Hungry Village Farm-to-Table Tours

Saugatuck-based food, farm tours provide guests with an enjoyable way to taste and learn about regional foods and beverages. // Photography by Johnny Quirin
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Salt of the Earth Chef Matthew Pietsch educates the Westmaas family on the plates he has prepared for them
Salt of the Earth Chef Matthew Pietsch educates the Westmaas family on the plates he has prepared for them.

The farm-to-table movement gets real along Lake Michigan, with Hungry Village Tours that show you where the delicious blueberries in your pie are grown, how the tasty goat cheese on your sandwich is produced and the secrets of what’s happening behind stores you visit in Saugatuck and Douglas.

“I’m passionate about people knowing where food comes from,” says David Geen, owner of the business that offers two tours: One takes tour-goers to farms in the area, and the other is a walking tour through the villages.

Pleasant Hill Farm owner Joan Donaldson speaks to tour-goers.
Pleasant Hill Farm owner Joan Donaldson speaks to tour-goers.

“…That’s what they get when they take the tour; (they) get to meet the people. You don’t just go to the counter and buy cheese. You see the passion (that) people we go to like to share with people.”

The Culinary Walk: The Secrets behind the Storefronts of Saugatuck and Douglas includes tastings, demonstrations and a history lessons. It visits American Spoon, Uncommon Coffee Roasters, Spice Crazy Cottage, The Olive Mill, Fenn Valley Winery Tasting Room and Grow restaurant.

Cathy Halinski owner of Evergreen Lane Farm and Creamery talks to participants about her cheeses.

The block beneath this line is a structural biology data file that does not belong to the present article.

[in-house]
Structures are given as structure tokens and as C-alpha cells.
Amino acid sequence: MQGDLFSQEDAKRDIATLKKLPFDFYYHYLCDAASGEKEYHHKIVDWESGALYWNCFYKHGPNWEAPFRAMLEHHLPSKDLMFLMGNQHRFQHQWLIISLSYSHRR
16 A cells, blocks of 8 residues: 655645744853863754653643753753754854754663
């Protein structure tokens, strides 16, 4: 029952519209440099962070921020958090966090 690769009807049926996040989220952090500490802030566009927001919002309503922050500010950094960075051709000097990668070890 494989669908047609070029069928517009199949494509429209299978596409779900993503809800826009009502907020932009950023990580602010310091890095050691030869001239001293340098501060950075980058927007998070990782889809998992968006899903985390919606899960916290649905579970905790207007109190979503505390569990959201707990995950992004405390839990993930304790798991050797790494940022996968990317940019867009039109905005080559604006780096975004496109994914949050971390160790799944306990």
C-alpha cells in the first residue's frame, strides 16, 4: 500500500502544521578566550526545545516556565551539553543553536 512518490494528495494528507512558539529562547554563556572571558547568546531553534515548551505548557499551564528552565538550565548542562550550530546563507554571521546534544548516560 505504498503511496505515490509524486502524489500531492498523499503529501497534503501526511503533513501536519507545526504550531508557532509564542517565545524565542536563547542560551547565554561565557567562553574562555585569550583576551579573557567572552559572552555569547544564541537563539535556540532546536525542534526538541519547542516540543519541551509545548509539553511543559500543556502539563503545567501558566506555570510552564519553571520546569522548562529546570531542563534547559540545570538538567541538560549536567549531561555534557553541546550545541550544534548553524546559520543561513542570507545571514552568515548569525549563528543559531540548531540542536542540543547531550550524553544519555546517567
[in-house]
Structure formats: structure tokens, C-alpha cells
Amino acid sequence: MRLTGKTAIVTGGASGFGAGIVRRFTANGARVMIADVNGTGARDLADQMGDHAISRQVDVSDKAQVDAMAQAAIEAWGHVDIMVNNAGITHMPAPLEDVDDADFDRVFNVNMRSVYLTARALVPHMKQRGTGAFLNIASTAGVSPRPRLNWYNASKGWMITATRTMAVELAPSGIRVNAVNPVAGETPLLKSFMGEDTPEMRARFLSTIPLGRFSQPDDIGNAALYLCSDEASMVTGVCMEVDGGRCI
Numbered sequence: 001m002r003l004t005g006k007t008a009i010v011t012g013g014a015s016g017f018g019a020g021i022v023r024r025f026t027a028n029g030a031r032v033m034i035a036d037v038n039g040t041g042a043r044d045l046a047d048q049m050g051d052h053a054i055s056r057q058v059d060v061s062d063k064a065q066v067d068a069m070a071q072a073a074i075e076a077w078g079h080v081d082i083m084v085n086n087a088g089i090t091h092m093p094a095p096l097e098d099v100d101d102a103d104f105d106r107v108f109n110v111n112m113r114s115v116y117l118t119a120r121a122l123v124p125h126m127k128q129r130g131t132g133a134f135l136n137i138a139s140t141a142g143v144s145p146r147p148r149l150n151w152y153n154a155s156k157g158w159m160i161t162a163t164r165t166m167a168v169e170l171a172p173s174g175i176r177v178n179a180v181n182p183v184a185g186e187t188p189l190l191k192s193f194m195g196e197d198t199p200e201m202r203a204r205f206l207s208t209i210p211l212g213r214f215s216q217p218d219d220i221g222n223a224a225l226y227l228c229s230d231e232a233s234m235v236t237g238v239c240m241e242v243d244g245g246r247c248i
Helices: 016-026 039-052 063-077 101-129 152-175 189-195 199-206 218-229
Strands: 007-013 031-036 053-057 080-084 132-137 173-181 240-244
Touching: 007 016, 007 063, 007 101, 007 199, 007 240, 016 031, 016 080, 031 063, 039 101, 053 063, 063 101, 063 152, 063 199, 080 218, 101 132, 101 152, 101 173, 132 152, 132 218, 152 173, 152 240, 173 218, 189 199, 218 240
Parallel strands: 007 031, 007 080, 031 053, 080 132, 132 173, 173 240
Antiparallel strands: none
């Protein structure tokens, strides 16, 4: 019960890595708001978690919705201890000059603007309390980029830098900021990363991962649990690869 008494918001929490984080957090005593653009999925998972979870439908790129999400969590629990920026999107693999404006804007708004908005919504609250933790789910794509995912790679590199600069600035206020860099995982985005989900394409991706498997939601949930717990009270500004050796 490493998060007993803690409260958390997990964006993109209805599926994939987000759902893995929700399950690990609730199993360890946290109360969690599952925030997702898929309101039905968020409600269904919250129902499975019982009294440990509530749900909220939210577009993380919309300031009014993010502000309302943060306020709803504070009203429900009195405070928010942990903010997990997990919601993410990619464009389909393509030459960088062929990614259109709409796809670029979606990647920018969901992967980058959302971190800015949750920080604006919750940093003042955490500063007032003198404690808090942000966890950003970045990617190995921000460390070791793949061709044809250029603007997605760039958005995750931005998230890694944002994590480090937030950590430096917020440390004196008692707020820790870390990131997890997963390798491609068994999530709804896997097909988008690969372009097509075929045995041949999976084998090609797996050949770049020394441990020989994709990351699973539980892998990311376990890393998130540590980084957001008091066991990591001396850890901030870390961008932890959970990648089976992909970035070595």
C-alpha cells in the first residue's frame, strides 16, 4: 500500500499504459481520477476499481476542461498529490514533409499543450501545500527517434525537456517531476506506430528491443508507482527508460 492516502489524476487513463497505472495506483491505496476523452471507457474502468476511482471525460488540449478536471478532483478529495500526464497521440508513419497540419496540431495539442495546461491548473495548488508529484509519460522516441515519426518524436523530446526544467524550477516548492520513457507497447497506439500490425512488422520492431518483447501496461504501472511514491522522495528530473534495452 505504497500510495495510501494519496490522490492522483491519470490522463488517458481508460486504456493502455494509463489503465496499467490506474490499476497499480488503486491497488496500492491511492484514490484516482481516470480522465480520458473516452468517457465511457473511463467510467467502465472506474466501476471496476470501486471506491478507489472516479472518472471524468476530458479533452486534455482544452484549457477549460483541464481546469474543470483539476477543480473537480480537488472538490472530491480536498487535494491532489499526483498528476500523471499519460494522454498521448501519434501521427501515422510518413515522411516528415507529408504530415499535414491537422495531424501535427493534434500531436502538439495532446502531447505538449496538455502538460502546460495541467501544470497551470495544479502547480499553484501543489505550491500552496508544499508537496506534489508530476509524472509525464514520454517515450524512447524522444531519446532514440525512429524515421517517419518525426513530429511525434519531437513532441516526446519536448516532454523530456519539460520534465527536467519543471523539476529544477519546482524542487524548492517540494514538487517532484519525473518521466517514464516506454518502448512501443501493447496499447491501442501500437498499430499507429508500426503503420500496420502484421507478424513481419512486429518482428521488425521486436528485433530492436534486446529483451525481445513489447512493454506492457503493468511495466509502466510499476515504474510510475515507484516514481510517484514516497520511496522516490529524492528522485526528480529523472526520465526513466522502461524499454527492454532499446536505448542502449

Cathy Halinski owner of Evergreen Lane Farm and Creamery talks to participants about her cheeses.

The Delicious Drive goes to area farms and feeds folks a gourmet lunch at Salt of the Earth in Fennville. Its stops are at EverGreen Lane Farm and Creamery, Pleasant Hill Farm,  Fenn Valley Vineyards, Crane’s Pie Pantry and Khnemu Studio on Fernwood Farm. Geen, who owns Villas and Vines, a company that offers European culinary tours, started the Hungry Village Tours seven years ago.

It’s for “anyone who lives here or vacations here,” he says, adding young and old like petting goats and holding chickens. No tour is ever the same, according to Geen, because you never know what a goat might do or how long farmers will talk. “It’s unscripted,” he says. “They love to show off.”

Evergreen Lane Artisan Cheese called Lily Rose is served with a mushroom conserva.
Evergreen Lane Artisan Cheese called Lily Rose is served with a mushroom conserva.

Cathy and Tom Helinski own Evergreen Lane Farm and Creamery, which has been on the tour since it started. At their stop, visitors get to pet LaMancha goats and watch Cathy Helinski create a cheesecake. “They are mostly delighted and surprised we’re here,” she says of the visitors. “Tourists get to see what’s in the countryside, otherwise they might just stay in the city.”

The Culinary Walk lasts about three hours and runs 9 a.m. to noon Monday through Friday, Cost is $30 for adults; $15 for children. Delicious tours last about six hours and run 10 a.m. to 4 p.m. Tuesday through Saturday. Cost is $75 for adults; $50 for children. Both start at the Saugatuck Center for the Arts at 400 Culver St. and run from May through December, with private tours available. Reservations are required, and the tours are limited to 14 people.

Pleasant Hill Farm
A look at Pleasant Hill Farm grounds.

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